Macmillan believes physical activity is an underrated ‘wonder drug’ and that everyone living with or supporting someone with cancer, and other long-term conditions, should be aware of its benefits. Leading a physically active lifestyle during and after cancer is linked to improvements in many of the adverse effects of cancer and its treatments .
An active lifestyle helps overcome fatigue, anxiety and depression, while protecting the heart, lungs and bones. In some cases, being physically active has been shown to slow disease progression, improve survival and reduce the chance of recurrence .
Despite these benefits, only 23% of people living with cancer are active to recommended levels .
What is Macmillan doing to help?
Macmillan wants to ensure people living with cancer are encouraged and supported to be physically active at a level that is right for them – whether that’s doing the shopping, gardening, going for a walk, or sports such as swimming, football or bowls.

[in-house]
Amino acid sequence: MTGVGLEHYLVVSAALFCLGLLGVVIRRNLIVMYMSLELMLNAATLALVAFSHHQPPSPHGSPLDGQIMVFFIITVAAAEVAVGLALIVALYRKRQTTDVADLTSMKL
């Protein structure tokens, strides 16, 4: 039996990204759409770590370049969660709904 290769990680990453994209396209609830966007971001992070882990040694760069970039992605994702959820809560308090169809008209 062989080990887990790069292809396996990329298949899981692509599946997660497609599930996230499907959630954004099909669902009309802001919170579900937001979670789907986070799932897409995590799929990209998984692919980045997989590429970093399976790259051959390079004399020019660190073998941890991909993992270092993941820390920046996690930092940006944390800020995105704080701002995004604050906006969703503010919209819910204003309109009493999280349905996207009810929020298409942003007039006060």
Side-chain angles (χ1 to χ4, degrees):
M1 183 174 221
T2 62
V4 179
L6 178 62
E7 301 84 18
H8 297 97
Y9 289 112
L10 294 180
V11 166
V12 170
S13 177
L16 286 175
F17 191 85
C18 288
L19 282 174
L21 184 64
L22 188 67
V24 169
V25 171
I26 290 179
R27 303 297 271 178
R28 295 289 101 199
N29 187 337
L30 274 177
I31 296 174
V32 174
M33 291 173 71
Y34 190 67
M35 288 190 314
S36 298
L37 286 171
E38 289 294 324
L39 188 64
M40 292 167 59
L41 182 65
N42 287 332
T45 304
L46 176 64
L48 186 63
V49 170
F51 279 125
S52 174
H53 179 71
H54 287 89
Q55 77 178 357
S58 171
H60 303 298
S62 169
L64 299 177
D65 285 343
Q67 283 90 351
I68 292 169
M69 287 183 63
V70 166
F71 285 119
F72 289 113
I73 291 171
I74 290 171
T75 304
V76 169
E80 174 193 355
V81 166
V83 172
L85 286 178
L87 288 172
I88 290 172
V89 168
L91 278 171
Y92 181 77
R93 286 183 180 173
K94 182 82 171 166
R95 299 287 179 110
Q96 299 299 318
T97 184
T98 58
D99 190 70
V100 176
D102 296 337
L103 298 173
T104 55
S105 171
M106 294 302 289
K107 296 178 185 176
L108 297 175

We're helping you to help others
Macmillan recognises the health benefits of moving more, and has developed models and resources to help people with cancer and other long-term conditions become more physically active and support behaviour change.
Physical activity forms part of the Recovery Package – a series of key interventions that, when delivered together, can greatly improve outcomes for people living with and beyond cancer. Being active also plays a part in prehabilitation, which is integral to the rehabilitation pathway.
Early interventions shortly after diagnosis can significantly improve a person’s ability to cope with treatments, improve quality of life and reduce the length of stay in hospital.